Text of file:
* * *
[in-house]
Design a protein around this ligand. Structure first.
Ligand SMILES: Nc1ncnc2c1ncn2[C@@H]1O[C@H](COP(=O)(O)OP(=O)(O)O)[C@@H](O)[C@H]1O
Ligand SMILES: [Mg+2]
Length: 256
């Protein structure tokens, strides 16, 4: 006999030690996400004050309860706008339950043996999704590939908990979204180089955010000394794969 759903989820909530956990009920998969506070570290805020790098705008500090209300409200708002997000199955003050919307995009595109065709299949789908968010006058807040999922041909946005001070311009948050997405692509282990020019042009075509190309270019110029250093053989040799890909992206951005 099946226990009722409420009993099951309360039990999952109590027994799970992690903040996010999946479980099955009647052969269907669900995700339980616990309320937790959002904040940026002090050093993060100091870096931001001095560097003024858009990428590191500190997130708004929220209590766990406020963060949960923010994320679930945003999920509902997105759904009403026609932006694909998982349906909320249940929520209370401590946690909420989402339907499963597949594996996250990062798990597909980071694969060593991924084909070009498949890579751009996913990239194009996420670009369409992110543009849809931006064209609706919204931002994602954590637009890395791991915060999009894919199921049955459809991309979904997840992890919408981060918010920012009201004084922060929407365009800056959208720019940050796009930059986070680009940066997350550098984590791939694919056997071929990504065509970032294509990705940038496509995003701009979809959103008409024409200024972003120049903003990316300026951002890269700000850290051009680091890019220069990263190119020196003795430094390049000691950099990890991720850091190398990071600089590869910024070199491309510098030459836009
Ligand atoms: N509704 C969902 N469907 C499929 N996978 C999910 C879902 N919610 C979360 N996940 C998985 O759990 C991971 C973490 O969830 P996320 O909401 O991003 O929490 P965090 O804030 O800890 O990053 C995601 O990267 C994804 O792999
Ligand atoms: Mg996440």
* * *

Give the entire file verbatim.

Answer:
[in-house]
Design a protein around this ligand. Structure first.
Ligand SMILES: Nc1ncnc2c1ncn2[C@@H]1O[C@H](COP(=O)(O)OP(=O)(O)O)[C@@H](O)[C@H]1O
Ligand SMILES: [Mg+2]
Length: 256
């Protein structure tokens, strides 16, 4: 006999030690996400004050309860706008339950043996999704590939908990979204180089955010000394794969 759903989820909530956990009920998969506070570290805020790098705008500090209300409200708002997000199955003050919307995009595109065709299949789908968010006058807040999922041909946005001070311009948050997405692509282990020019042009075509190309270019110029250093053989040799890909992206951005 099946226990009722409420009993099951309360039990999952109590027994799970992690903040996010999946479980099955009647052969269907669900995700339980616990309320937790959002904040940026002090050093993060100091870096931001001095560097003024858009990428590191500190997130708004929220209590766990406020963060949960923010994320679930945003999920509902997105759904009403026609932006694909998982349906909320249940929520209370401590946690909420989402339907499963597949594996996250990062798990597909980071694969060593991924084909070009498949890579751009996913990239194009996420670009369409992110543009849809931006064209609706919204931002994602954590637009890395791991915060999009894919199921049955459809991309979904997840992890919408981060918010920012009201004084922060929407365009800056959208720019940050796009930059986070680009940066997350550098984590791939694919056997071929990504065509970032294509990705940038496509995003701009979809959103008409024409200024972003120049903003990316300026951002890269700000850290051009680091890019220069990263190119020196003795430094390049000691950099990890991720850091190398990071600089590869910024070199491309510098030459836009
Ligand atoms: N509704 C969902 N469907 C499929 N996978 C999910 C879902 N919610 C979360 N996940 C998985 O759990 C991971 C973490 O969830 P996320 O909401 O991003 O929490 P965090 O804030 O800890 O990053 C995601 O990267 C994804 O792999
Ligand atoms: Mg996440």